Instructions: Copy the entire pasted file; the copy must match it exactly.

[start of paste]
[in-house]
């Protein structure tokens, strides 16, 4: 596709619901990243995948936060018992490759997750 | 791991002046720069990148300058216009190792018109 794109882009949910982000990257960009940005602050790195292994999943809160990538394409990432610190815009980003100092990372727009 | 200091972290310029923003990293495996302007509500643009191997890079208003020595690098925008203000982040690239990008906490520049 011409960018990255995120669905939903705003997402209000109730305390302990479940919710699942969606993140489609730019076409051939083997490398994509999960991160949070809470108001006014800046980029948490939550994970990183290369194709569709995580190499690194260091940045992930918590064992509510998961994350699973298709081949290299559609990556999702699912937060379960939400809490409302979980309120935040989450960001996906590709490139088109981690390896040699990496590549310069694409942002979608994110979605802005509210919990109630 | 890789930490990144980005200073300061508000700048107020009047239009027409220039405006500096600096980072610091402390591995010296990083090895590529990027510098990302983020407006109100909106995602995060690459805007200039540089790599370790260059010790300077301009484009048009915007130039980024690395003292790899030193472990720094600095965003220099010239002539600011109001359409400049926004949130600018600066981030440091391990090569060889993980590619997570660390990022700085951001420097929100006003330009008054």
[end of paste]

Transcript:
[in-house]
């Protein structure tokens, strides 16, 4: 596709619901990243995948936060018992490759997750 | 791991002046720069990148300058216009190792018109 794109882009949910982000990257960009940005602050790195292994999943809160990538394409990432610190815009980003100092990372727009 | 200091972290310029923003990293495996302007509500643009191997890079208003020595690098925008203000982040690239990008906490520049 011409960018990255995120669905939903705003997402209000109730305390302990479940919710699942969606993140489609730019076409051939083997490398994509999960991160949070809470108001006014800046980029948490939550994970990183290369194709569709995580190499690194260091940045992930918590064992509510998961994350699973298709081949290299559609990556999702699912937060379960939400809490409302979980309120935040989450960001996906590709490139088109981690390896040699990496590549310069694409942002979608994110979605802005509210919990109630 | 890789930490990144980005200073300061508000700048107020009047239009027409220039405006500096600096980072610091402390591995010296990083090895590529990027510098990302983020407006109100909106995602995060690459805007200039540089790599370790260059010790300077301009484009048009915007130039980024690395003292790899030193472990720094600095965003220099010239002539600011109001359409400049926004949130600018600066981030440091391990090569060889993980590619997570660390990022700085951001420097929100006003330009008054």